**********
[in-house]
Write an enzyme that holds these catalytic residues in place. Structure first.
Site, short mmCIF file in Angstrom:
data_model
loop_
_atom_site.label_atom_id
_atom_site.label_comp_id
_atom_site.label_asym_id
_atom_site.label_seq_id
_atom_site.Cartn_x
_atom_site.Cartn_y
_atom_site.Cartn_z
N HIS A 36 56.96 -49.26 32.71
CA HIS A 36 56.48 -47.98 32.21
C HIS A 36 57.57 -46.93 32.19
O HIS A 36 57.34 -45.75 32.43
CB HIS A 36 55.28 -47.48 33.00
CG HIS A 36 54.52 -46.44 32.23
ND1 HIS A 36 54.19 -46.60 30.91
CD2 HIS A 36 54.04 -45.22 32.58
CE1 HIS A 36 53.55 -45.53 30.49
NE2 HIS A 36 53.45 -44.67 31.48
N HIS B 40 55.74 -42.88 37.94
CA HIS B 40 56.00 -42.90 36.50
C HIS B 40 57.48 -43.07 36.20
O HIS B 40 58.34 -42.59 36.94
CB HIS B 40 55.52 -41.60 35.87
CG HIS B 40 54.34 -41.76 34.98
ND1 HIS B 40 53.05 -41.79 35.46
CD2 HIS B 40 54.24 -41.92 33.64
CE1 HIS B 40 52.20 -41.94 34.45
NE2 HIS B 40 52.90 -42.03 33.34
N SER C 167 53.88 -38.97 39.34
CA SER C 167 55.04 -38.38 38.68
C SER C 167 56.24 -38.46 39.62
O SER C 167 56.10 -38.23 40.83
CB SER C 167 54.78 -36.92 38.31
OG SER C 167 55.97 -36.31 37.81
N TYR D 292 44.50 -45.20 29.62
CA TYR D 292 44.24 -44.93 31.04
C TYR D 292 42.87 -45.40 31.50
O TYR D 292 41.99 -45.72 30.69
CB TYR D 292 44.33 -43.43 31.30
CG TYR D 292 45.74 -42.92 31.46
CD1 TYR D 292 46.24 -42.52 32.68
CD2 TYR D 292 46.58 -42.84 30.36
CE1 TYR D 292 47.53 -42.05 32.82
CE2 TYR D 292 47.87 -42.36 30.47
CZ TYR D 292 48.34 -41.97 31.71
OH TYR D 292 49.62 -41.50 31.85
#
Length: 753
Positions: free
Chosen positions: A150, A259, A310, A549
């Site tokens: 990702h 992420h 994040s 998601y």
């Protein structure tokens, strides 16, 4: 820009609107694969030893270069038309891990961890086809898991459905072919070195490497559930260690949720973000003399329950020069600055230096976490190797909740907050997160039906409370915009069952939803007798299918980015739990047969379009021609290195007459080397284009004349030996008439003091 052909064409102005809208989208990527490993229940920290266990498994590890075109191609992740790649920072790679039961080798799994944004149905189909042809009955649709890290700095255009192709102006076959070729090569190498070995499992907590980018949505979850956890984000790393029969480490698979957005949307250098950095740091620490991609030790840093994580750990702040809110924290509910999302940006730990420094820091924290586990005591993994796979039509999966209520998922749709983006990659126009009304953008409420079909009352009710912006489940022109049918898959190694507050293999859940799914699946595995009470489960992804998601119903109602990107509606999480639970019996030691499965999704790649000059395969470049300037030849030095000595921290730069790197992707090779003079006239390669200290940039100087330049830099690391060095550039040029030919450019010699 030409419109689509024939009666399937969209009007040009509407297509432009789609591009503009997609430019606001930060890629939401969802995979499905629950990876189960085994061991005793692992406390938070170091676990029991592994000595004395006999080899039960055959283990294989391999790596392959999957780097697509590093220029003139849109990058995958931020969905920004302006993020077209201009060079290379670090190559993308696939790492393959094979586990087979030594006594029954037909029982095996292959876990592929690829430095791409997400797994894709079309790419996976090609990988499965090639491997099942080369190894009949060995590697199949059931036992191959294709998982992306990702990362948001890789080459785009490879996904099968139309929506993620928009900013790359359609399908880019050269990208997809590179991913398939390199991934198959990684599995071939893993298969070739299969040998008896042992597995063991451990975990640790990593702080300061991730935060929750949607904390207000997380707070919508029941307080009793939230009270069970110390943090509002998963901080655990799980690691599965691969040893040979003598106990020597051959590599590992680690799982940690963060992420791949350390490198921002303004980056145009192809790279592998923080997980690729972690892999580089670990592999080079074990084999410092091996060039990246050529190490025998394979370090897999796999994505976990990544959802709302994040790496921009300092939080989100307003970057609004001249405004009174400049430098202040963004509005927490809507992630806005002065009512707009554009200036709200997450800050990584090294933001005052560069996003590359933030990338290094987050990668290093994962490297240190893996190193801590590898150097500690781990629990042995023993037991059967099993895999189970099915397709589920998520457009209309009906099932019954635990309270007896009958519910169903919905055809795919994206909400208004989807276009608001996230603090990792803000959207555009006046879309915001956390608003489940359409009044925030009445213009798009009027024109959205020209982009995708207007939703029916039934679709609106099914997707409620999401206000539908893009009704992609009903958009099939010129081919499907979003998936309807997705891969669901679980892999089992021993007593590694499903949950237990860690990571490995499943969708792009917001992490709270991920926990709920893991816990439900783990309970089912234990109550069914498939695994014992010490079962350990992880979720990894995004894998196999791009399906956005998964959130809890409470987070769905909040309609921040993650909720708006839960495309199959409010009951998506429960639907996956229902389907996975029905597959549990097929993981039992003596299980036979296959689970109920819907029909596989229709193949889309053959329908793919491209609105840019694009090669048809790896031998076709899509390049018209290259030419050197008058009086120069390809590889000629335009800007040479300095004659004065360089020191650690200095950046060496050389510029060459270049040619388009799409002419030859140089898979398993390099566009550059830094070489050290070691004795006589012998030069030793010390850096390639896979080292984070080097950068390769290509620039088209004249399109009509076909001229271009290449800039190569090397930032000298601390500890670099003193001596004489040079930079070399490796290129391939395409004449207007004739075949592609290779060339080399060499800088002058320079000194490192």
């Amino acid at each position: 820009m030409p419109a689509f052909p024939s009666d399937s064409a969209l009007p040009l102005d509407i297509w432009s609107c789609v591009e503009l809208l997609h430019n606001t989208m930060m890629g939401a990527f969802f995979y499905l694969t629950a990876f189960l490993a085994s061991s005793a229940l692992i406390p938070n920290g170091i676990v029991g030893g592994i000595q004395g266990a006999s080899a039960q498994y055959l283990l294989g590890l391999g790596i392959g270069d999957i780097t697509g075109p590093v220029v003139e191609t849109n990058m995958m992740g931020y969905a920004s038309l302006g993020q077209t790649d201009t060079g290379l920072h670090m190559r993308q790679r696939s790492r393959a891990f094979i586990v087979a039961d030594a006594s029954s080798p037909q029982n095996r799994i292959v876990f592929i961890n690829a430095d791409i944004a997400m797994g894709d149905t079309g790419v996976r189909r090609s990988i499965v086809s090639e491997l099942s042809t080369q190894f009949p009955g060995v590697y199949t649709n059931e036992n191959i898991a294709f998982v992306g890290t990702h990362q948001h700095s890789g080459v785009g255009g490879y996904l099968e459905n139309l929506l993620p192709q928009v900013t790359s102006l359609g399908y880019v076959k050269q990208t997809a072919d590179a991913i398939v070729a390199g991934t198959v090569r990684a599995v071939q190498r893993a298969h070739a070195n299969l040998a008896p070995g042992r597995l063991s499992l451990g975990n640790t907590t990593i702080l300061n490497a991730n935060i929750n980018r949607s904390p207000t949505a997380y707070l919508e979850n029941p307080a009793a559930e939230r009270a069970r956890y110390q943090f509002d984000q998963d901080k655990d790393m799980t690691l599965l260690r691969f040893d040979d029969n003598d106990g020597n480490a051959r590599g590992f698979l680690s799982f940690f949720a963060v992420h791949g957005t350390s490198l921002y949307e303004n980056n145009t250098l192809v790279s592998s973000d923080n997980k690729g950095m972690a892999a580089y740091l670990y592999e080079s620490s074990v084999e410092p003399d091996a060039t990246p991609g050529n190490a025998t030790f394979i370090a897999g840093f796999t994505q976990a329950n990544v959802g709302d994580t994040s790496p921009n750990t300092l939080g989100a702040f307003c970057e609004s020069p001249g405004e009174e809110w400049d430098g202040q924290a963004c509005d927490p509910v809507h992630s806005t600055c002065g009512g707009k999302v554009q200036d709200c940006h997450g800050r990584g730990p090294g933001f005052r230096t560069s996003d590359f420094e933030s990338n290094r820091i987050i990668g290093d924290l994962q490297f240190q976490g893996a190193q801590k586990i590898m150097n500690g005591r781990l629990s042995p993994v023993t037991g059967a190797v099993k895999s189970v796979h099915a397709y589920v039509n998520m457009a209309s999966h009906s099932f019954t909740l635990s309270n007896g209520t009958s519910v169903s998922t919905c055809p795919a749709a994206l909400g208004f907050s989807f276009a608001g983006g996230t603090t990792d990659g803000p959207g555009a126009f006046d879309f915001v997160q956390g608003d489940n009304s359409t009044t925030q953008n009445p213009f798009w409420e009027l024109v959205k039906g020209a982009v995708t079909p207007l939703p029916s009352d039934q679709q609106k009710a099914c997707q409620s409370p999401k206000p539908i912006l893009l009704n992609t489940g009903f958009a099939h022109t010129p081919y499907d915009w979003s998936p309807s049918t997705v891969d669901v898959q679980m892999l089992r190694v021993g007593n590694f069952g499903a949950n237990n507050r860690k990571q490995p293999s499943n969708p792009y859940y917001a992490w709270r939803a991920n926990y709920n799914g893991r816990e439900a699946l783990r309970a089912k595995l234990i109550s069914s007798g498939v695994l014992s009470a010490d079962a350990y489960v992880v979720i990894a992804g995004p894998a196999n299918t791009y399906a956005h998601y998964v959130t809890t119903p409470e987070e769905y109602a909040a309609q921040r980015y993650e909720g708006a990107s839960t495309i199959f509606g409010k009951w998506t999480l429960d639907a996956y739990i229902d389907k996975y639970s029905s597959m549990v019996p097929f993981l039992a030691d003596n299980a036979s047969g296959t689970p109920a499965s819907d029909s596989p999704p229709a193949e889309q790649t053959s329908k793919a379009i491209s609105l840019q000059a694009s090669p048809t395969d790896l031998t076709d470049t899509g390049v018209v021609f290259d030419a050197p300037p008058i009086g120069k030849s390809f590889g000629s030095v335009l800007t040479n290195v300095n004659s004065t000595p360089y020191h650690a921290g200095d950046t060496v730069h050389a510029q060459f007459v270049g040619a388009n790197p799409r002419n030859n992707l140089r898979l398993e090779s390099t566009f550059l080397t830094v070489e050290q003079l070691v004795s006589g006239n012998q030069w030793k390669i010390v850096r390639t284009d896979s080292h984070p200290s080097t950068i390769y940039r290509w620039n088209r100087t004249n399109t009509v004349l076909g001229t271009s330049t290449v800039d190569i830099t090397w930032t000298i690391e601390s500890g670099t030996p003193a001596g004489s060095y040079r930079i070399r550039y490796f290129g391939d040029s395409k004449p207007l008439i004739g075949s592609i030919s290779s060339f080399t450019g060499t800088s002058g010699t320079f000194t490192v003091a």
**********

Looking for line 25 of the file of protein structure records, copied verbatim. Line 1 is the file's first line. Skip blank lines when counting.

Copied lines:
C HIS B 40 57.48 -43.07 36.20